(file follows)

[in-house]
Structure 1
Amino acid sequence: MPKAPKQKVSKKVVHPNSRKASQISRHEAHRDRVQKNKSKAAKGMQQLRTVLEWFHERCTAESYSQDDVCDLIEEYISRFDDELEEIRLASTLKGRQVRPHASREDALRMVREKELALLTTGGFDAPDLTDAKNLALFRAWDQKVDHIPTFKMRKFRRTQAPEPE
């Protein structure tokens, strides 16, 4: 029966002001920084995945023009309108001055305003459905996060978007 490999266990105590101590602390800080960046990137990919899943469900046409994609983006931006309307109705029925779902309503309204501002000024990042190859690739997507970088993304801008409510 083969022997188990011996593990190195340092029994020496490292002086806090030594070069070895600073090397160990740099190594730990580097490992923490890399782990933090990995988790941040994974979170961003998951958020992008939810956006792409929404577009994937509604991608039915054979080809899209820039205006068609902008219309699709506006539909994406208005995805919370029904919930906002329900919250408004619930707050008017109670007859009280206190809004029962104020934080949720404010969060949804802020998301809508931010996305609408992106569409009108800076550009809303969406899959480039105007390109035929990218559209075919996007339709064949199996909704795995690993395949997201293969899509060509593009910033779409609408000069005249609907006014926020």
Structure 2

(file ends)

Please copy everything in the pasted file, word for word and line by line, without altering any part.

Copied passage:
[in-house]
Structure 1
Amino acid sequence: MPKAPKQKVSKKVVHPNSRKASQISRHEAHRDRVQKNKSKAAKGMQQLRTVLEWFHERCTAESYSQDDVCDLIEEYISRFDDELEEIRLASTLKGRQVRPHASREDALRMVREKELALLTTGGFDAPDLTDAKNLALFRAWDQKVDHIPTFKMRKFRRTQAPEPE
């Protein structure tokens, strides 16, 4: 029966002001920084995945023009309108001055305003459905996060978007 490999266990105590101590602390800080960046990137990919899943469900046409994609983006931006309307109705029925779902309503309204501002000024990042190859690739997507970088993304801008409510 083969022997188990011996593990190195340092029994020496490292002086806090030594070069070895600073090397160990740099190594730990580097490992923490890399782990933090990995988790941040994974979170961003998951958020992008939810956006792409929404577009994937509604991608039915054979080809899209820039205006068609902008219309699709506006539909994406208005995805919370029904919930906002329900919250408004619930707050008017109670007859009280206190809004029962104020934080949720404010969060949804802020998301809508931010996305609408992106569409009108800076550009809303969406899959480039105007390109035929990218559209075919996007339709064949199996909704795995690993395949997201293969899509060509593009910033779409609408000069005249609907006014926020």
Structure 2